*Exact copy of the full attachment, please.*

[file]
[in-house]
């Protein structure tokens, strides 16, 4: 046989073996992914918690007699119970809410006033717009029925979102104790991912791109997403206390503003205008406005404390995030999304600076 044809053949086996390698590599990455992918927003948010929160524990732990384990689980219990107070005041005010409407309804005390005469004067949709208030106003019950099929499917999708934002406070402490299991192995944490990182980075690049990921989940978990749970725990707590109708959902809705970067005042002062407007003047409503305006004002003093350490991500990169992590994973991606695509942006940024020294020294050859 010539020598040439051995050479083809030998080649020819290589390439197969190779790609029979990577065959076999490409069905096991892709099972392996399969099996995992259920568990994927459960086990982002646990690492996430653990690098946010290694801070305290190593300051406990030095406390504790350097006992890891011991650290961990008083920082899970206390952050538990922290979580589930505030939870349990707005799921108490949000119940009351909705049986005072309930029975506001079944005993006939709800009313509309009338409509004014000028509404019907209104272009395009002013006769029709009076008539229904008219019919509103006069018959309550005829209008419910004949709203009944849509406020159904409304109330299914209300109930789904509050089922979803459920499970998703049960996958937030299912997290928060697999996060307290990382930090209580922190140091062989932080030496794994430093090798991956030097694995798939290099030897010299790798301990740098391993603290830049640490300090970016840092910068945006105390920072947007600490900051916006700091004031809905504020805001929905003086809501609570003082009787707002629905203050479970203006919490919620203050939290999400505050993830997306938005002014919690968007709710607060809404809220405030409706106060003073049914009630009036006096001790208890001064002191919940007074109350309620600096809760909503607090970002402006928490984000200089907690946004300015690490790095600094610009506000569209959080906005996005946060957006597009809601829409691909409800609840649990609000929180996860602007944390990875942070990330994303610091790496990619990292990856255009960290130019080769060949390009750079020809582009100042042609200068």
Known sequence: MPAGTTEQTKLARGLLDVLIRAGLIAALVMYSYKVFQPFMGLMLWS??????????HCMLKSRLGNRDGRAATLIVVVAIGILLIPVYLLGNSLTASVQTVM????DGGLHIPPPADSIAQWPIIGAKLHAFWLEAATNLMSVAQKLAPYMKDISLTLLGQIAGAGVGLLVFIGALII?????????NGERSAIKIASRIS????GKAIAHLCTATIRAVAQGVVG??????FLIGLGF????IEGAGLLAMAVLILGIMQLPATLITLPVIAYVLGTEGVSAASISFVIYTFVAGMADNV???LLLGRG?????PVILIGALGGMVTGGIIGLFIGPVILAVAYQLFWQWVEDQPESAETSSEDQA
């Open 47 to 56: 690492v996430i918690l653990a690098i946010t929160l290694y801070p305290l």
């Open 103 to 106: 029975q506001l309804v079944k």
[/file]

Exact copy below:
[in-house]
């Protein structure tokens, strides 16, 4: 046989073996992914918690007699119970809410006033717009029925979102104790991912791109997403206390503003205008406005404390995030999304600076 044809053949086996390698590599990455992918927003948010929160524990732990384990689980219990107070005041005010409407309804005390005469004067949709208030106003019950099929499917999708934002406070402490299991192995944490990182980075690049990921989940978990749970725990707590109708959902809705970067005042002062407007003047409503305006004002003093350490991500990169992590994973991606695509942006940024020294020294050859 010539020598040439051995050479083809030998080649020819290589390439197969190779790609029979990577065959076999490409069905096991892709099972392996399969099996995992259920568990994927459960086990982002646990690492996430653990690098946010290694801070305290190593300051406990030095406390504790350097006992890891011991650290961990008083920082899970206390952050538990922290979580589930505030939870349990707005799921108490949000119940009351909705049986005072309930029975506001079944005993006939709800009313509309009338409509004014000028509404019907209104272009395009002013006769029709009076008539229904008219019919509103006069018959309550005829209008419910004949709203009944849509406020159904409304109330299914209300109930789904509050089922979803459920499970998703049960996958937030299912997290928060697999996060307290990382930090209580922190140091062989932080030496794994430093090798991956030097694995798939290099030897010299790798301990740098391993603290830049640490300090970016840092910068945006105390920072947007600490900051916006700091004031809905504020805001929905003086809501609570003082009787707002629905203050479970203006919490919620203050939290999400505050993830997306938005002014919690968007709710607060809404809220405030409706106060003073049914009630009036006096001790208890001064002191919940007074109350309620600096809760909503607090970002402006928490984000200089907690946004300015690490790095600094610009506000569209959080906005996005946060957006597009809601829409691909409800609840649990609000929180996860602007944390990875942070990330994303610091790496990619990292990856255009960290130019080769060949390009750079020809582009100042042609200068």
Known sequence: MPAGTTEQTKLARGLLDVLIRAGLIAALVMYSYKVFQPFMGLMLWS??????????HCMLKSRLGNRDGRAATLIVVVAIGILLIPVYLLGNSLTASVQTVM????DGGLHIPPPADSIAQWPIIGAKLHAFWLEAATNLMSVAQKLAPYMKDISLTLLGQIAGAGVGLLVFIGALII?????????NGERSAIKIASRIS????GKAIAHLCTATIRAVAQGVVG??????FLIGLGF????IEGAGLLAMAVLILGIMQLPATLITLPVIAYVLGTEGVSAASISFVIYTFVAGMADNV???LLLGRG?????PVILIGALGGMVTGGIIGLFIGPVILAVAYQLFWQWVEDQPESAETSSEDQA
């Open 47 to 56: 690492v996430i918690l653990a690098i946010t929160l290694y801070p305290l």
């Open 103 to 106: 029975q506001l309804v079944k």